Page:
The Standing Committee on Fishing Vessel Safety helps to develop and advance a safety culture in the fishing industry. We know that legislation and regulations are key standardizing tools, but they also have their limits. In consequence, the whole fishing community must do its part in an approach to safety accountability. The Committee helps find collaborative solutions to health and safety issues on board vessels.
The sector council works with a number of fishermen's associations in Nova Scotia. There's probably, on any given day, over 60 associations, and one of the things that we're able to do is to provide tools and resources to those associations so they can share them with their membership.
Two years ago, our provincial government of Newfoundland and Labrador announced funding to establish the Newfound and Labrador Fish Harvesting Safety Association, which would be an association with a specific mandate around fishing vessel safety. That announcement was in December of 2010, and through 2011 the professional Fish Harvesters Certification Board took a leadership role in bringing together all industry stakeholders—federal and provincial governments, other agencies, between the Marine Institute, the university, other stakeholders, fish harvesters themselves—to garner support for moving forward with this concept of a fish harvesting safety association. We think that by focusing with a primary mandate on fishing vessel safety where day in and day out this association can do nothing but deal with the issues around fishing vessel safety—advancing and improving safety culture, working toward reducing the number of accidents and injuries and lost-time claims in the industry, reducing the number of fatalities—we think that by establishing a board that's able to do that, we can take safety to a whole new level.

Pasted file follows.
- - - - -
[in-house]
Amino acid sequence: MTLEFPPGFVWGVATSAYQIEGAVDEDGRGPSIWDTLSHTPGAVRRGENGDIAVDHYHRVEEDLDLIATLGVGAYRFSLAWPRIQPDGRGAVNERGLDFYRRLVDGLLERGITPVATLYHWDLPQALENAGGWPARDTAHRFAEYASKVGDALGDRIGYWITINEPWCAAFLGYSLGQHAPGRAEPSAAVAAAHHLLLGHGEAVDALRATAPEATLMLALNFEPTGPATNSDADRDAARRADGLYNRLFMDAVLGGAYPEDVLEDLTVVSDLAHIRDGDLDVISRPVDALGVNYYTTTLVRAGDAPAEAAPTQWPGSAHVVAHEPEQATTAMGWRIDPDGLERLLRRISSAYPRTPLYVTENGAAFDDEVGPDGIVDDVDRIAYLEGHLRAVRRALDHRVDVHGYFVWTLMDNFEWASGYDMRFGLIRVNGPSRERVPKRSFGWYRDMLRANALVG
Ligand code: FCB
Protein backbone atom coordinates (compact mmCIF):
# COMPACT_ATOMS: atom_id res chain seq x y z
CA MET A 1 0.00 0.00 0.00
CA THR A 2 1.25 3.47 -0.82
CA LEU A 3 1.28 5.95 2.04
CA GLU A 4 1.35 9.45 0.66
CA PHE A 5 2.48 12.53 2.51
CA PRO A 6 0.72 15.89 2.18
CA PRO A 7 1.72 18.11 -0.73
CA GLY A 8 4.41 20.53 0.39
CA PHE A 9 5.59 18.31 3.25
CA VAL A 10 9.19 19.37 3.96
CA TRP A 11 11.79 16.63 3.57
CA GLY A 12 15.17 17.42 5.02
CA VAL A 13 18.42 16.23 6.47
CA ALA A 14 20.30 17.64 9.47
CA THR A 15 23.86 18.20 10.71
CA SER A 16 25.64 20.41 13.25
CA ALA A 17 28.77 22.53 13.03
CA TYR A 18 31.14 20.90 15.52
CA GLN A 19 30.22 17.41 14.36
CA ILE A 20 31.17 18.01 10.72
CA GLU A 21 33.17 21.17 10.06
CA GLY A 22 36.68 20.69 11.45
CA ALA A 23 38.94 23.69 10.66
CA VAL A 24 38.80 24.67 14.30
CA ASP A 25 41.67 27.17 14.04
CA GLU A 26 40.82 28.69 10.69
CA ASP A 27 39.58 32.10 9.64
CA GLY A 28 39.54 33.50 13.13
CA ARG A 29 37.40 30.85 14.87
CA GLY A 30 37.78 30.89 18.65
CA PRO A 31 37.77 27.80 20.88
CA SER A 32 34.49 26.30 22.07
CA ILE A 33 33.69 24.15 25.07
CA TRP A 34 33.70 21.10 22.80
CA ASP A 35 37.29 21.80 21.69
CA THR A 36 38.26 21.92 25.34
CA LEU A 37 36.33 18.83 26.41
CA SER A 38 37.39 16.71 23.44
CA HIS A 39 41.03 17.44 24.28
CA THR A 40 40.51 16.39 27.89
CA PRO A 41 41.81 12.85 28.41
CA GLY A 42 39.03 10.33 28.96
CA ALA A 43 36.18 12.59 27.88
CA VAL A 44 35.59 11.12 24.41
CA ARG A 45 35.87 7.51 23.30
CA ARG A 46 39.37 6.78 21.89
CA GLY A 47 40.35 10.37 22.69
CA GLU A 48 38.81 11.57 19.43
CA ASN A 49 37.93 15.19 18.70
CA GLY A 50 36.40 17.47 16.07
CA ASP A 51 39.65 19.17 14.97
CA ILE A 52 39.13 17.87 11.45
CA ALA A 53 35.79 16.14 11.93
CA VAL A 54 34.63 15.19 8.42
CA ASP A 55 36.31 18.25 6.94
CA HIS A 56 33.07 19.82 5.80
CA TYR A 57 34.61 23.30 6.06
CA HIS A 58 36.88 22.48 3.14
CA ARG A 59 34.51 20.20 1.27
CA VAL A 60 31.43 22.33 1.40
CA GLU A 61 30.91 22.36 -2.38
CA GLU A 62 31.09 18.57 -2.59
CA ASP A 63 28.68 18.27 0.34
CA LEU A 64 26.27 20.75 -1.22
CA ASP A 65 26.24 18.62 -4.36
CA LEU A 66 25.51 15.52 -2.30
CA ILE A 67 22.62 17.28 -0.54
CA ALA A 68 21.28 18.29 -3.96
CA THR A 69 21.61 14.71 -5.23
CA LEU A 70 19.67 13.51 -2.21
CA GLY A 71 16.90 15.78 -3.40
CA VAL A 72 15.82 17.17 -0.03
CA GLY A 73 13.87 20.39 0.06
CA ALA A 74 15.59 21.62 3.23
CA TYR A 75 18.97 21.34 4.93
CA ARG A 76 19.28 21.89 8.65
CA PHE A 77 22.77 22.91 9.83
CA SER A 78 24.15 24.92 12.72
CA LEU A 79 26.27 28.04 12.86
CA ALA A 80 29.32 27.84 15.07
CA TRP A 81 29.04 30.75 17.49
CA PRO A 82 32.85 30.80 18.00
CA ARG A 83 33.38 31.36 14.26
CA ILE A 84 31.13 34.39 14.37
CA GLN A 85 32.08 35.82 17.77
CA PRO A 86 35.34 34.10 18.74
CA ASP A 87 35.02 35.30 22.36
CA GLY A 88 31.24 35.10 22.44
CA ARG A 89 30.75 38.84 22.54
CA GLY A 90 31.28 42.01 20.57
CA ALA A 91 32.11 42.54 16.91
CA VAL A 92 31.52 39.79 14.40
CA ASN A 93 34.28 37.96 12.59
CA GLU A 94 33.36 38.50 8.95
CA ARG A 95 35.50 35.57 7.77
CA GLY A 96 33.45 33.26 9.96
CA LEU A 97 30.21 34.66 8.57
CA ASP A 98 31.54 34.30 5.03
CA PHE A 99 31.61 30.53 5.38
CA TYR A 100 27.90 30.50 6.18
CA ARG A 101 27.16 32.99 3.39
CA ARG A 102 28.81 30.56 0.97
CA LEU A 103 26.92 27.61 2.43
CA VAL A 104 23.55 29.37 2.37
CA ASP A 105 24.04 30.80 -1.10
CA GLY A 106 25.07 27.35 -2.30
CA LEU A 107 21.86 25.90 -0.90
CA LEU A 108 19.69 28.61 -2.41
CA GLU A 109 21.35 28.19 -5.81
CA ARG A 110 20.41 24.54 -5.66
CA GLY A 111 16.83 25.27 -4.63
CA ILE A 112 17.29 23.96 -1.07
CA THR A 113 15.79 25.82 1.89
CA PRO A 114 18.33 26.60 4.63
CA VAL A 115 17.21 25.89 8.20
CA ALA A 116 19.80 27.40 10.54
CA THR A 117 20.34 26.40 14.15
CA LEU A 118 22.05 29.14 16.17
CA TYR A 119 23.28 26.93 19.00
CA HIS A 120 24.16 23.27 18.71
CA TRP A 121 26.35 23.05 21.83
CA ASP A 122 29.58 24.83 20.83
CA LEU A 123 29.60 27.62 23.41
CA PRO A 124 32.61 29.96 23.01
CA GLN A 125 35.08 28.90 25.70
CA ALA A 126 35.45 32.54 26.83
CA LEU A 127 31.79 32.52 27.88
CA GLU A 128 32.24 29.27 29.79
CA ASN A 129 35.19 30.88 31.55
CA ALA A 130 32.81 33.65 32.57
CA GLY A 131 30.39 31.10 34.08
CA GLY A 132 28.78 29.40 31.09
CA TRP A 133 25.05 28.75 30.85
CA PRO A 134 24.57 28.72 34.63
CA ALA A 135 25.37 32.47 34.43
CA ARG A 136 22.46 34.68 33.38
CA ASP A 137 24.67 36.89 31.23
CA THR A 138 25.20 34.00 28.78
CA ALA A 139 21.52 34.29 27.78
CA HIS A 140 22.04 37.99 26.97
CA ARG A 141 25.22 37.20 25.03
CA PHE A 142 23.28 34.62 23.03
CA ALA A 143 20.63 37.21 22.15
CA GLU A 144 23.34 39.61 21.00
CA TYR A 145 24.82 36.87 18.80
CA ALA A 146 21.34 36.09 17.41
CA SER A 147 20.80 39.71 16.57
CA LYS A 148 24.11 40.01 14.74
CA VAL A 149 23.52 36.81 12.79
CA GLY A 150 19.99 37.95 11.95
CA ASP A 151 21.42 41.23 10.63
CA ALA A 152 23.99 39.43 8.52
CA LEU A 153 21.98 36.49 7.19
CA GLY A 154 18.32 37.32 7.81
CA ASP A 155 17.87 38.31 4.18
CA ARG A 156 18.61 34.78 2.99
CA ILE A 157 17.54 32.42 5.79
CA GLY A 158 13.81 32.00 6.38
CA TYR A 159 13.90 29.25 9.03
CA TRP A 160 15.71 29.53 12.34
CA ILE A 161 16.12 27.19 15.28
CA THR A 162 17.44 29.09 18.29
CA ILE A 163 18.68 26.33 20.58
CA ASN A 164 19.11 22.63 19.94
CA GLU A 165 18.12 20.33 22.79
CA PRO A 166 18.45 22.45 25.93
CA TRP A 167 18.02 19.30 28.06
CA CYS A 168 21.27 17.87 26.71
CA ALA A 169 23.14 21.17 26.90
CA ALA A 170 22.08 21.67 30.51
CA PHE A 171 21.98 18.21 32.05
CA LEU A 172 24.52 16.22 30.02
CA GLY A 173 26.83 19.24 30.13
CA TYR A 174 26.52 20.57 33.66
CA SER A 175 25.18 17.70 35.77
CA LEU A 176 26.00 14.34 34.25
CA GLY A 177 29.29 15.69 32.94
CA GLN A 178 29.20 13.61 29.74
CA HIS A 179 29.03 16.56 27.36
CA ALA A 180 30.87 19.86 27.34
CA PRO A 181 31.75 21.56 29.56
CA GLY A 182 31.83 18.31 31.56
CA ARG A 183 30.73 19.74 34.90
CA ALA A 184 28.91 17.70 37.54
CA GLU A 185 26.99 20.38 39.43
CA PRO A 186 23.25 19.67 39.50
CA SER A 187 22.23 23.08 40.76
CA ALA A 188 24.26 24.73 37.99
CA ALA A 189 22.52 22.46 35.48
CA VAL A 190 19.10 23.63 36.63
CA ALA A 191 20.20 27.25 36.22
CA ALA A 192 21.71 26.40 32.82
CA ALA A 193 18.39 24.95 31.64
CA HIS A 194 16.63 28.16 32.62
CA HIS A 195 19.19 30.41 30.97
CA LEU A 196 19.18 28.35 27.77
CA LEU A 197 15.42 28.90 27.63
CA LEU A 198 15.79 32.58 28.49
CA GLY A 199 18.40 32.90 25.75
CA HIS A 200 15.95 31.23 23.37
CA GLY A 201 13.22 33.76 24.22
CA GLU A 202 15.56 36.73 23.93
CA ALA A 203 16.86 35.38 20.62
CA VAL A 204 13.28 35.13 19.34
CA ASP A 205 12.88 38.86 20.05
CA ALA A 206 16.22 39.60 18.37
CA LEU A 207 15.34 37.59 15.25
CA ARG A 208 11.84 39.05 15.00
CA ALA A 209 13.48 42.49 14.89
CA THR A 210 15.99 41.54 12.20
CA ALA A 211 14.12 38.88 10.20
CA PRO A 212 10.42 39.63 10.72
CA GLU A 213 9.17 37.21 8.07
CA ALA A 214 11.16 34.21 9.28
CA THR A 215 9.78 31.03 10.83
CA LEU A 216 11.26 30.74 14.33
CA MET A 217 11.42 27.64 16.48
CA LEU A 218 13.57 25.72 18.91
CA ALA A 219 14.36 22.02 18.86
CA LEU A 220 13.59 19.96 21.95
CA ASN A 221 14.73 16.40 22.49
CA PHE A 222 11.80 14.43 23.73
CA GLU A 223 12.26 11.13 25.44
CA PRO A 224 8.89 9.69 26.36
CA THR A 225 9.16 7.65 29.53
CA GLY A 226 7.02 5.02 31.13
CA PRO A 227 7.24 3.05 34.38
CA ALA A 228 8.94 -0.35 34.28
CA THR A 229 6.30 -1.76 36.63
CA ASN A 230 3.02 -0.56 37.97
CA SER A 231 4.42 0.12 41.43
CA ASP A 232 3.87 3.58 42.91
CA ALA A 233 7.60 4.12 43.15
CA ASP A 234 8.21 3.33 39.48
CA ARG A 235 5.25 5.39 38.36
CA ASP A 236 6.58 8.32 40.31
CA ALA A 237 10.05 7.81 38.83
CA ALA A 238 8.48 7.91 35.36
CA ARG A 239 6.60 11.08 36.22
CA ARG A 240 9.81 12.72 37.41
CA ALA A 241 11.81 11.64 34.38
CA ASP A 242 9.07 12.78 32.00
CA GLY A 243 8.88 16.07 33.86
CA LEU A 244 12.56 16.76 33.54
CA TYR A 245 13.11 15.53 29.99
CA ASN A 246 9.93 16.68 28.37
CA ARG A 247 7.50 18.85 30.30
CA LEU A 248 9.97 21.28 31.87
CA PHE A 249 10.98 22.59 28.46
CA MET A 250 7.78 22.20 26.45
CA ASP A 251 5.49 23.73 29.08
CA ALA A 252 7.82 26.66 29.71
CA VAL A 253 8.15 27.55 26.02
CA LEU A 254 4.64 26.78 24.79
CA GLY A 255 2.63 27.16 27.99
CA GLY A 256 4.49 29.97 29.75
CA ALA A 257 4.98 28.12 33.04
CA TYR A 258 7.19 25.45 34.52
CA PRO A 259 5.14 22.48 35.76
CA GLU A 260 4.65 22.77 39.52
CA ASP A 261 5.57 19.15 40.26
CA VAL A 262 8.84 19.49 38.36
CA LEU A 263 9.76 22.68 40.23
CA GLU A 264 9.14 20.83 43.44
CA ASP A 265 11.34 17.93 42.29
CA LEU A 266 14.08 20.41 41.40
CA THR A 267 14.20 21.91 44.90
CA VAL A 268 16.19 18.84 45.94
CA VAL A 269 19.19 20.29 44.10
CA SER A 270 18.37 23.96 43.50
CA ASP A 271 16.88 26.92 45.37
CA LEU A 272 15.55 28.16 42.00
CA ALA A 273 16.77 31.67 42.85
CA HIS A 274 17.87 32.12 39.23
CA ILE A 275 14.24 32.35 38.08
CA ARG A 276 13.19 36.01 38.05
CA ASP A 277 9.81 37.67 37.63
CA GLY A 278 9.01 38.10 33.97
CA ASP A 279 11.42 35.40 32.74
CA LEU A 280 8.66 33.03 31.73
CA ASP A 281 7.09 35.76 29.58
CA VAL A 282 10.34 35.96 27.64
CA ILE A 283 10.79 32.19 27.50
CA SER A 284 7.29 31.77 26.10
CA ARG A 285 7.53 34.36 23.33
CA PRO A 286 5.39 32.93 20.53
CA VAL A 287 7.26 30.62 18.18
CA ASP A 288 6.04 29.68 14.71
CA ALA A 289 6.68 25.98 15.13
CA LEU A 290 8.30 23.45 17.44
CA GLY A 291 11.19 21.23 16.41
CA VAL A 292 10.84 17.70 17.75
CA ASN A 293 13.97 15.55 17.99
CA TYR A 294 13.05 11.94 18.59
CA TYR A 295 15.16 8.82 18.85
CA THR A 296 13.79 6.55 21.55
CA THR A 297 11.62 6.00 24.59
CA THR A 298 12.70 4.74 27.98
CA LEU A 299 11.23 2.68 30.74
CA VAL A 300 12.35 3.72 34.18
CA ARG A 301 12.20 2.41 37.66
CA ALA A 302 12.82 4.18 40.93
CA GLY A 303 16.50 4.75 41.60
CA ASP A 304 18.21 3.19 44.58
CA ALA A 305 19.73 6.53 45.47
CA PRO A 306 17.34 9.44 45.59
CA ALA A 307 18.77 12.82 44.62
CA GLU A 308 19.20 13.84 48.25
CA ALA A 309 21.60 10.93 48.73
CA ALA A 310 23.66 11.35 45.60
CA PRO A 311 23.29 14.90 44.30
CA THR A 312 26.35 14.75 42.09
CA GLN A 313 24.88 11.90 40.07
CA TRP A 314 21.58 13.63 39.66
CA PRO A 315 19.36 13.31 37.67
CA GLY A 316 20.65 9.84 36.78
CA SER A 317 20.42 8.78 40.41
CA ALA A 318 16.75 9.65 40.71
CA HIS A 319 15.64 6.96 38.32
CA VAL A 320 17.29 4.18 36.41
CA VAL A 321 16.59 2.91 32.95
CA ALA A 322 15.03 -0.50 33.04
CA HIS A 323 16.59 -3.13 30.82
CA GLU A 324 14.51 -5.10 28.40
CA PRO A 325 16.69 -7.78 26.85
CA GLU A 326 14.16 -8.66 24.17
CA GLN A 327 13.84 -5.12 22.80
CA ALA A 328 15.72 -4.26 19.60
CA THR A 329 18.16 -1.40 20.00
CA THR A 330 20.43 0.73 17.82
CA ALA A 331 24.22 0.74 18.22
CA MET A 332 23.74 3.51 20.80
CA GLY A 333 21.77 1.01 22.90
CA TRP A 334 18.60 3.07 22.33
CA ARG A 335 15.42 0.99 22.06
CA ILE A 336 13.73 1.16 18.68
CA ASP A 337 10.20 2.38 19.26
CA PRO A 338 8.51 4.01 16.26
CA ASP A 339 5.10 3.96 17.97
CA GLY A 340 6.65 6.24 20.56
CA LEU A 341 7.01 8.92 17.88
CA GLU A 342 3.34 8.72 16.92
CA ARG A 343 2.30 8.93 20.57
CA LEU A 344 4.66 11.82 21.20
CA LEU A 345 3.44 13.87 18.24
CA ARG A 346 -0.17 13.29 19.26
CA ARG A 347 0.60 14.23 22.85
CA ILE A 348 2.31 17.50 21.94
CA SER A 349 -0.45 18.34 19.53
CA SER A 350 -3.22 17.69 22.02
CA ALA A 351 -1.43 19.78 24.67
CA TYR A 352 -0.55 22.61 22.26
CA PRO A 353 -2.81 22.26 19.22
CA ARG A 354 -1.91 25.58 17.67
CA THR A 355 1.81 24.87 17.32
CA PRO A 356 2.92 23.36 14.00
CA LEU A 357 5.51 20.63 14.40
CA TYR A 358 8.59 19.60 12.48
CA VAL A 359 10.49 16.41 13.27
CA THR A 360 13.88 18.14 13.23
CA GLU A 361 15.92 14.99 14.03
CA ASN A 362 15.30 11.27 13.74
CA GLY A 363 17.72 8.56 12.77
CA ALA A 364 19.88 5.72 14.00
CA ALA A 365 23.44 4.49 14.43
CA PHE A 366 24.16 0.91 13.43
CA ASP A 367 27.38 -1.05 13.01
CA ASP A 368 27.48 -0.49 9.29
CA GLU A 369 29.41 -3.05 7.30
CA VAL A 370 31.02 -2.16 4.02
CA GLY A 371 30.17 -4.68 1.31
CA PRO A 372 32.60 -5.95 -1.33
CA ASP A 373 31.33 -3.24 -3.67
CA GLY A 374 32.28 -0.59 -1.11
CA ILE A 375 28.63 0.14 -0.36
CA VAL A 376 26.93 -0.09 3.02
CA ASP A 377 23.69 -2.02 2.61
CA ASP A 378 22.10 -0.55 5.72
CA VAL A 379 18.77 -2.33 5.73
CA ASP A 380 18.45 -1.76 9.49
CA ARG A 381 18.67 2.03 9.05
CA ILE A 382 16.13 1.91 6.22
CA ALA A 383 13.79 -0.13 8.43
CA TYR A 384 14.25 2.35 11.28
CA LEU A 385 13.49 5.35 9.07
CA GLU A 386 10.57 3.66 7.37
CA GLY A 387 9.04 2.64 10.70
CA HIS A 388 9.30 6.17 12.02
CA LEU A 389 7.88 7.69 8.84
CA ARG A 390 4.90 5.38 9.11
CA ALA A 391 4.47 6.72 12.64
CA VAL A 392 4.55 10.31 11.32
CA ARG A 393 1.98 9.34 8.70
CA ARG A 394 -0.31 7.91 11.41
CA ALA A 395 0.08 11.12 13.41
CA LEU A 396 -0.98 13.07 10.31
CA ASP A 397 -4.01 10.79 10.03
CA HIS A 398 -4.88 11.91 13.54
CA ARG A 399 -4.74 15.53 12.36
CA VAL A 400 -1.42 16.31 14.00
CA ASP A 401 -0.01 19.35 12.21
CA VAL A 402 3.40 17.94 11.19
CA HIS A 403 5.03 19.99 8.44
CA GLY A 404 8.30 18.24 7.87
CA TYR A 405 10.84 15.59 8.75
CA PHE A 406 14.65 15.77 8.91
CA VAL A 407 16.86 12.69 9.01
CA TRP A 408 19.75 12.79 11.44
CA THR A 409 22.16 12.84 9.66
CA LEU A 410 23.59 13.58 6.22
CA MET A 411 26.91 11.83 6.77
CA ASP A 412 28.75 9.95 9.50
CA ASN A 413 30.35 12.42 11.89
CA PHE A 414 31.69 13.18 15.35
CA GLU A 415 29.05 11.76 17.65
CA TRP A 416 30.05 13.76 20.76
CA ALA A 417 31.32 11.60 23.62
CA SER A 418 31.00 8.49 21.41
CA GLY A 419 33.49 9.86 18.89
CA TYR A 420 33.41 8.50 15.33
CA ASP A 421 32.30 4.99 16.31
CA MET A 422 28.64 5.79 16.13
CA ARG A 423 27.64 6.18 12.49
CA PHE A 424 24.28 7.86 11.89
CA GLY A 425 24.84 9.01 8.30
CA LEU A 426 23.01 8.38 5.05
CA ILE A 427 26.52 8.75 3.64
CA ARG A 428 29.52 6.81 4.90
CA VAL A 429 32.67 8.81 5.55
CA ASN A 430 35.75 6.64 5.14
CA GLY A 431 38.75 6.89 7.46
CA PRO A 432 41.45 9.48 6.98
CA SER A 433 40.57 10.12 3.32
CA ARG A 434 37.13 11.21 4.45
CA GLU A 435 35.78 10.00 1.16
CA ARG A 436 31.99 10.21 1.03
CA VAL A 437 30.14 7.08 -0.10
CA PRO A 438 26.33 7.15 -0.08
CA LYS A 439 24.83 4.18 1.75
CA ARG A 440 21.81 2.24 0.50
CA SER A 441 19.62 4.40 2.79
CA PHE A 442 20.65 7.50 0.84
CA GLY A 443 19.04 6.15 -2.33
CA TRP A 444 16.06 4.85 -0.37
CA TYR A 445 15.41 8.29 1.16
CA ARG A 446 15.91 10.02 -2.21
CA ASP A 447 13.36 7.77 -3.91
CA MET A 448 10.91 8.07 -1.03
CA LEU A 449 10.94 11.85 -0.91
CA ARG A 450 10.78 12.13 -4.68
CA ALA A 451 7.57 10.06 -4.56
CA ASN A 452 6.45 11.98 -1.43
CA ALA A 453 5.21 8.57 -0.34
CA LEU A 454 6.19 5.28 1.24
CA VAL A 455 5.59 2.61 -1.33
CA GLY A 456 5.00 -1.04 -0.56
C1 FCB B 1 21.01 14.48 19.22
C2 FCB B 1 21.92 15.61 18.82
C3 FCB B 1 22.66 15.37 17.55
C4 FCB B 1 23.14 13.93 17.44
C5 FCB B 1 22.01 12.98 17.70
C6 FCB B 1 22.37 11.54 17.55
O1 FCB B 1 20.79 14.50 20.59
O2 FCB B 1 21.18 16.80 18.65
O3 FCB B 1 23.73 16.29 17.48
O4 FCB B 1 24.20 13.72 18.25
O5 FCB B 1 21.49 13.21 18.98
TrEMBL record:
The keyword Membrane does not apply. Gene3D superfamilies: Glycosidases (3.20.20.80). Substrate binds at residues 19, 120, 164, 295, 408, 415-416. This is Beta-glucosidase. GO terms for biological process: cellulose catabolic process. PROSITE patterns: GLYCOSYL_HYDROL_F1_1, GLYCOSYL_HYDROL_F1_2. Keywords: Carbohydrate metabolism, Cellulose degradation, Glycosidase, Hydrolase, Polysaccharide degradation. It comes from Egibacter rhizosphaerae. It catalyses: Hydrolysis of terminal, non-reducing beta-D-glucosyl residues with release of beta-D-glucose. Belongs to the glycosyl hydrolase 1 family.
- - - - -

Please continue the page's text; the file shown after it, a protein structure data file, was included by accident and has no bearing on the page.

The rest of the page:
To sum up:
All ten of the issues identified by our investigation are interconnected; addressing them will also require coordinated action by the fishing community—and not only in some parts of Canada.
We need to work together, everywhere, to change the safety culture to one where the major concern is to engage in safe work practices.
That means working together—federal and provincial governments, along with leaders in the fishing community— to establish regional governance structures aimed at ensuring fishermen can and will work safely.